A group of Greenpoint residents have reported smelling oil and petroleum vapors recently in their apartments and will hold a meeting this week with local elected officials and concerned neighbors to “work toward a solution.”
If you live in the vicinity of Freeman, Green, and Huron streets and would like to learn more or share your story a meeting hosted by the North Brooklyn Neighbors will take place at the Dupont Street Senior Housing Center (80 Dupont St.) on Tuesday, May 7th, from 7 p.m. – 9 p.m.
Both the city Department of Environmental Protection and the state Department of Environmental Conservation have been investigating the potential source of the alleged vapors and conducted sewer inspections in Greenpoint last week, according to Benjamin Solotaire of Council Member Stephen Levin’s office.
The agencies sampled the air at six manholes and found one manhole on Freeman Street that has evidence of petroleum product. Here are the full details: Continue reading →
The future of the proposed k-8 school across from a toxic site is in question. The current plan is to build the school on a vacant lot across the street from the NuHart Plastics Superfund site, one of the most contaminated sites in New York state.
NYC Councilmember Stephen Levin is holding a public meeting on Feb. 7, at the Dupont Senior Housing Center (80 Dupont St.) at 7 p.m. regarding the school and has for the past three years cited efforts to seek an alternative site for a new k-8 school in the North Greenpoint area.
A petition from North Brooklyn Neighbors in opposition to the location of the future school at the corner of Franklin and Dupont streets has received over 6,600 signatures so far.
The NuHart Plastics building spewed toxic fumes into the neighborhood while producing vinyl sheeting from 1950 – 2004, during which time underground storage tanks of toxic chemicals leaked into the groundwater and soil. Today as much as 60,000 gallons of phthalates are underground at the site and the toxic plume has migrated west toward the Greenpoint Playground across the street.
While local residents are not currently a risk for exposure at the moment while the toxins remain more than 10 feet underground, the cleanup process is supposed to start following the demolition of the building which could start later this year following approval of the proposal of the cleanup plan by the state. Continue reading →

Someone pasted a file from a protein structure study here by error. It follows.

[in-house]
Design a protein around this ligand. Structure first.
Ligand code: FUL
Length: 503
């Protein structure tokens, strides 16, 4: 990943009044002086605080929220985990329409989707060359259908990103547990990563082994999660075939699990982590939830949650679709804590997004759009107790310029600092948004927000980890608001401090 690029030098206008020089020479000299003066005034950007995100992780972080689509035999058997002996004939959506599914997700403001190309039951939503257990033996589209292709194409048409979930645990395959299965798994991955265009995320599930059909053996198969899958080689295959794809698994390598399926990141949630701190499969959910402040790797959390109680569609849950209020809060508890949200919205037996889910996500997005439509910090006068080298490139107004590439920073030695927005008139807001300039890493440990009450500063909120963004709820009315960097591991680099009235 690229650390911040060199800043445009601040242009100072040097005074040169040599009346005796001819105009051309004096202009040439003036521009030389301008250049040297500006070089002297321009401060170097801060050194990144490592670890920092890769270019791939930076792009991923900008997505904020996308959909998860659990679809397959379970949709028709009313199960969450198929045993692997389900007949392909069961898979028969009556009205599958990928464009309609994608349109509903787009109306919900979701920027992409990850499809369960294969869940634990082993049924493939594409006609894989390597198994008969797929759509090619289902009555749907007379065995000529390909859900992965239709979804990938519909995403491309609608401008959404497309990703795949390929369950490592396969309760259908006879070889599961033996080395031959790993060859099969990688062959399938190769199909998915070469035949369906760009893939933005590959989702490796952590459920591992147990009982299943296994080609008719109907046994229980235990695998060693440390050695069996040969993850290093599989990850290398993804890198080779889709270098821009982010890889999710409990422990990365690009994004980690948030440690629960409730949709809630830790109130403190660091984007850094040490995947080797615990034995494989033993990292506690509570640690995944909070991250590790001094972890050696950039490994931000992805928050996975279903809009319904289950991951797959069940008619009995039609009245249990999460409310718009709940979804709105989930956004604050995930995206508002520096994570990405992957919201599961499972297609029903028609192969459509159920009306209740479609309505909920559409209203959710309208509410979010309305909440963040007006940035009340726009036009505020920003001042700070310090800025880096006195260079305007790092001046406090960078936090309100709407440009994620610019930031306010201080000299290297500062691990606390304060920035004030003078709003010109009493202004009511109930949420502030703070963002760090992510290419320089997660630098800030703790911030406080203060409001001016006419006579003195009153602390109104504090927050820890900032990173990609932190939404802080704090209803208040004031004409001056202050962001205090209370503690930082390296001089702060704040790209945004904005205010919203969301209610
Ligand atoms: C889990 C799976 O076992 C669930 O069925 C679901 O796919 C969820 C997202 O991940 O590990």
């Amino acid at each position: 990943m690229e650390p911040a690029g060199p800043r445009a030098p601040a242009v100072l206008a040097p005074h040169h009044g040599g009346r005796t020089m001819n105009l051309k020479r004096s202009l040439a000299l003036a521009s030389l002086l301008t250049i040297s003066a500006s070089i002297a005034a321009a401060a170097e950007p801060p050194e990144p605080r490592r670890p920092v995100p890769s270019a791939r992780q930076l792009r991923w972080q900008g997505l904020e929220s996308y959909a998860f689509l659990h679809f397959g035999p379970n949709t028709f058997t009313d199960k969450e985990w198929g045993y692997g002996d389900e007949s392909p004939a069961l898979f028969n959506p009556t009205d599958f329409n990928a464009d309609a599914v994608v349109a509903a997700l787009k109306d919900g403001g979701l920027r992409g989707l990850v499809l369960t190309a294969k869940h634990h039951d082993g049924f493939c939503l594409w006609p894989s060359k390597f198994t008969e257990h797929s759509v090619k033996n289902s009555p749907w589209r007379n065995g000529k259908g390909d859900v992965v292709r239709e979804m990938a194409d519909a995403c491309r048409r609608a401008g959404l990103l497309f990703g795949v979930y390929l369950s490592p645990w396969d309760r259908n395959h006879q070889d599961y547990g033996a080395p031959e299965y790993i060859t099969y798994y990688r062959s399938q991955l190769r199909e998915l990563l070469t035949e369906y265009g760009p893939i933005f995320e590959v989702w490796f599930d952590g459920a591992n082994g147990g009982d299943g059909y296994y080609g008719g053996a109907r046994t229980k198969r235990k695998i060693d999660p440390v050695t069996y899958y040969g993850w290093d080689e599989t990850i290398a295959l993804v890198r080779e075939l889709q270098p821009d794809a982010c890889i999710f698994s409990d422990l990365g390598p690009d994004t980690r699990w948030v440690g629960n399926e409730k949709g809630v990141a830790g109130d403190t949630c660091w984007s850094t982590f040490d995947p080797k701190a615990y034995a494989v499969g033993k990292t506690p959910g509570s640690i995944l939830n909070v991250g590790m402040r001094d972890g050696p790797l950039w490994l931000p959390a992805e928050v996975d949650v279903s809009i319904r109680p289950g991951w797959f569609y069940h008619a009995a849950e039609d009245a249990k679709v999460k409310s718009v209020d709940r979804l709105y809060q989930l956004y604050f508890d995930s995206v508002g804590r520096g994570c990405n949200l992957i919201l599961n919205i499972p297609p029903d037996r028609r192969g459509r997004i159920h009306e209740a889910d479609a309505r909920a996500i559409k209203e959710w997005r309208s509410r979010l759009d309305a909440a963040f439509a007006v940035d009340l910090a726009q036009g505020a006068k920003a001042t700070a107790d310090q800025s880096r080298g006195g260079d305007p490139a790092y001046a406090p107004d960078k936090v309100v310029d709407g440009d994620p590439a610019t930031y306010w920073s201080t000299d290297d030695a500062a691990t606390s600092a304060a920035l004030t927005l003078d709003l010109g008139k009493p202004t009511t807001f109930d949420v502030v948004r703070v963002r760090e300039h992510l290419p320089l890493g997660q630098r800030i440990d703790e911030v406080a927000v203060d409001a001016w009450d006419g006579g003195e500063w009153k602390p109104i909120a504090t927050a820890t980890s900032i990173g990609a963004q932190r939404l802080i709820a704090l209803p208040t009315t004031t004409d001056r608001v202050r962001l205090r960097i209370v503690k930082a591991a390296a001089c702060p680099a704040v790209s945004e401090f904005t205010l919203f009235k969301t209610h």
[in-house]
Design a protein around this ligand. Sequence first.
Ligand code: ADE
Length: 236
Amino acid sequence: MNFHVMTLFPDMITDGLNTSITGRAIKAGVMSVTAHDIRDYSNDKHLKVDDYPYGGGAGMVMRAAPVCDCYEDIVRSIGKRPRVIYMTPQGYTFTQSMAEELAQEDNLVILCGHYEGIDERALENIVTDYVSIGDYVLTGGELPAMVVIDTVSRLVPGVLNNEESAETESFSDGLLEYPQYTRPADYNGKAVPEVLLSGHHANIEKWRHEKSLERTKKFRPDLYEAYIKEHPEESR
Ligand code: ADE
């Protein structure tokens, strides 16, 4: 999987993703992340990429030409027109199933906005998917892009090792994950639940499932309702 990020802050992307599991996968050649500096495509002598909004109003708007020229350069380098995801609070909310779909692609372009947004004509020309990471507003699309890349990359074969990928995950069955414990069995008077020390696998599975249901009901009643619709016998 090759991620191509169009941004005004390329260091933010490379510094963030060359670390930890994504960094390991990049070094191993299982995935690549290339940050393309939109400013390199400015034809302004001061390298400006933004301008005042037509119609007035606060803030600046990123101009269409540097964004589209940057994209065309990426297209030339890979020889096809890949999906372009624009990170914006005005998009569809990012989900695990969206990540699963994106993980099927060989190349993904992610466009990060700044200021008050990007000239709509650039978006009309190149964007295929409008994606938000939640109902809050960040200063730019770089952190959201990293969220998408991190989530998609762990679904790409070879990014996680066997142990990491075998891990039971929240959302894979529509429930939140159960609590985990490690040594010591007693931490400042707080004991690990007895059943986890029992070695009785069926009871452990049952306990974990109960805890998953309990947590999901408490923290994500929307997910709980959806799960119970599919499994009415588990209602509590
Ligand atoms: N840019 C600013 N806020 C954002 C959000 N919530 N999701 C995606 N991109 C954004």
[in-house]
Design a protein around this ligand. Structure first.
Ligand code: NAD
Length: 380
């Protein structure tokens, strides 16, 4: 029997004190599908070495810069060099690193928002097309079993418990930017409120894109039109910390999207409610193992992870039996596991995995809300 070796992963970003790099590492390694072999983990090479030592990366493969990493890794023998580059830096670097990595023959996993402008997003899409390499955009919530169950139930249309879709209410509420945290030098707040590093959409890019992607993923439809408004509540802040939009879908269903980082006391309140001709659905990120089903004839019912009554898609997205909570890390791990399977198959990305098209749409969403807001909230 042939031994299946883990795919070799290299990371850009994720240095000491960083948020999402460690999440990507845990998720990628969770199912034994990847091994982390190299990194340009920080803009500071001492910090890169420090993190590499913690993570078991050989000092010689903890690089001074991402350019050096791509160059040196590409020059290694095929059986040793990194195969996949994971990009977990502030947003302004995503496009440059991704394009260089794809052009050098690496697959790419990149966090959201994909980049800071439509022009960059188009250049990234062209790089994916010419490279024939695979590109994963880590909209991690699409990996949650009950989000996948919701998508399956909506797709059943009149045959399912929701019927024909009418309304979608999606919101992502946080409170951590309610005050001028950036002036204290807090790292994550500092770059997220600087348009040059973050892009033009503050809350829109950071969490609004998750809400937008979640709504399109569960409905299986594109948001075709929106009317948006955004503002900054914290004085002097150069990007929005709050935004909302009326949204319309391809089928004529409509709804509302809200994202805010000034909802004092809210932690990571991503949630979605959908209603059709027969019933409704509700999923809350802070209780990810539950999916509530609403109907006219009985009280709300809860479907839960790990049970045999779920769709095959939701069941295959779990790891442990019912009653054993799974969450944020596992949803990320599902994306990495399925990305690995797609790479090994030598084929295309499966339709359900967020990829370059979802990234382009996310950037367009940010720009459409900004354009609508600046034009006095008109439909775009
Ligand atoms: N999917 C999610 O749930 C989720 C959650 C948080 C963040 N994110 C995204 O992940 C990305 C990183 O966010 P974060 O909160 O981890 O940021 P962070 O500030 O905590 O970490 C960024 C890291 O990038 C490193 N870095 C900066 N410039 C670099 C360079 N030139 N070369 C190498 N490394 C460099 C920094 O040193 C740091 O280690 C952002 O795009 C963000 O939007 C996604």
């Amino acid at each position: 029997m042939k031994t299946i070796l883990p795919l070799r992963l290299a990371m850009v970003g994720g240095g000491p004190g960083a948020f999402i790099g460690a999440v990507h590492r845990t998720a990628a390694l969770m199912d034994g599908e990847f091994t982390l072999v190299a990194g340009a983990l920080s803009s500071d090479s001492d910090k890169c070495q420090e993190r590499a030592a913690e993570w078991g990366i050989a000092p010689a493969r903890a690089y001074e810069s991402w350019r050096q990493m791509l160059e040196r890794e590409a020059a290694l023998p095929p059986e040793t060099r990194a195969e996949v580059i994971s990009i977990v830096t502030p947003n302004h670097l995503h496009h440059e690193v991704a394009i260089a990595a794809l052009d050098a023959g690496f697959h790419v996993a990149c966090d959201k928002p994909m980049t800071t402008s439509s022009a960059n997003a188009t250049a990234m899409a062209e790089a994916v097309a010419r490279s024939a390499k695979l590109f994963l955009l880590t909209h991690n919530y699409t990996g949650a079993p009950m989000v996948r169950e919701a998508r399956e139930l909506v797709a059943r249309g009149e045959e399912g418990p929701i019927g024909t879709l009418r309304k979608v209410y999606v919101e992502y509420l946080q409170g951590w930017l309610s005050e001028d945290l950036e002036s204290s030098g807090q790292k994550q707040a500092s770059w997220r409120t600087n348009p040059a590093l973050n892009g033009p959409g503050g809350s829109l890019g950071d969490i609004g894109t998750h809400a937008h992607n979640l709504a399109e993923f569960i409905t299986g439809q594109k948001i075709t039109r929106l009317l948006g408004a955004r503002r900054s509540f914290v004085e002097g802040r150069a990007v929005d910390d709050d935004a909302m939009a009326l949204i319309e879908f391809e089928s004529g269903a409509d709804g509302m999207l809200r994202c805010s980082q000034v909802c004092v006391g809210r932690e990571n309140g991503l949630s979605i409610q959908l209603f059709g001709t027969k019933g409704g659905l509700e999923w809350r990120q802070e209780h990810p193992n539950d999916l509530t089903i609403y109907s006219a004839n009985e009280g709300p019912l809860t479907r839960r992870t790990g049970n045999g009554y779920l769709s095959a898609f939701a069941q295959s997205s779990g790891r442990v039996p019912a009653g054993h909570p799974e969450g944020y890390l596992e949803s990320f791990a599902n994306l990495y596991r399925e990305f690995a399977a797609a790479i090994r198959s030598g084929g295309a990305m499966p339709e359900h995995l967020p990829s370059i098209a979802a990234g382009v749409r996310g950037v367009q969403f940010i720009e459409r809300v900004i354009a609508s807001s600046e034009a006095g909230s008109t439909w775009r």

The soil and groundwater onsite are contaminated with the plastics softener phthalates and the cleaning solvent TCE, both human carcinogens, and a potential school is being discussed for an adjacent lot on Franklin Street.
A letter from the North Brooklyn Neighbors requests the Superfund remediation process include an independent expert to monitor the cleanup and off-site impacts:
The neighbors/residents need to be confident that site-related activities will not expose the residents and visitors to harmful conditions during any part of the work. The community has raised concerns about dust, odors, noise, and possible off-gassing of VOC’s or SVOC’s during the remediation. DEC should do all it can to ensure off site impacts are mitigated to the great extent practicable to safeguard public health and address community concerns.
The community requests a website for the DEC and developer to share the results of air and environmental monitoring in real time during the clean-up. Such websites have been used and are in use at other cleanup sites, including the Hudson River PCB removal action.
We request an independent on-site expert to monitor the clean up and ensure that there are no significant off site impacts (e.g. odors, ambient air pollution, noise, etc.) to the community during the remediation, especially when the building is being brought down and the contamination on site is being dug up.
If you prefer to lament, or compliment, the cleanup plan in the company of your neighbors, then you’re in luck: North Brooklyn Neighbors and NYC Council Member Stephen Levin are hosting a comment-athon this Wed. Oct. 24, from 6 p.m. to 8 p.m. at Threes Brewing (113 Franklin St.). Continue reading →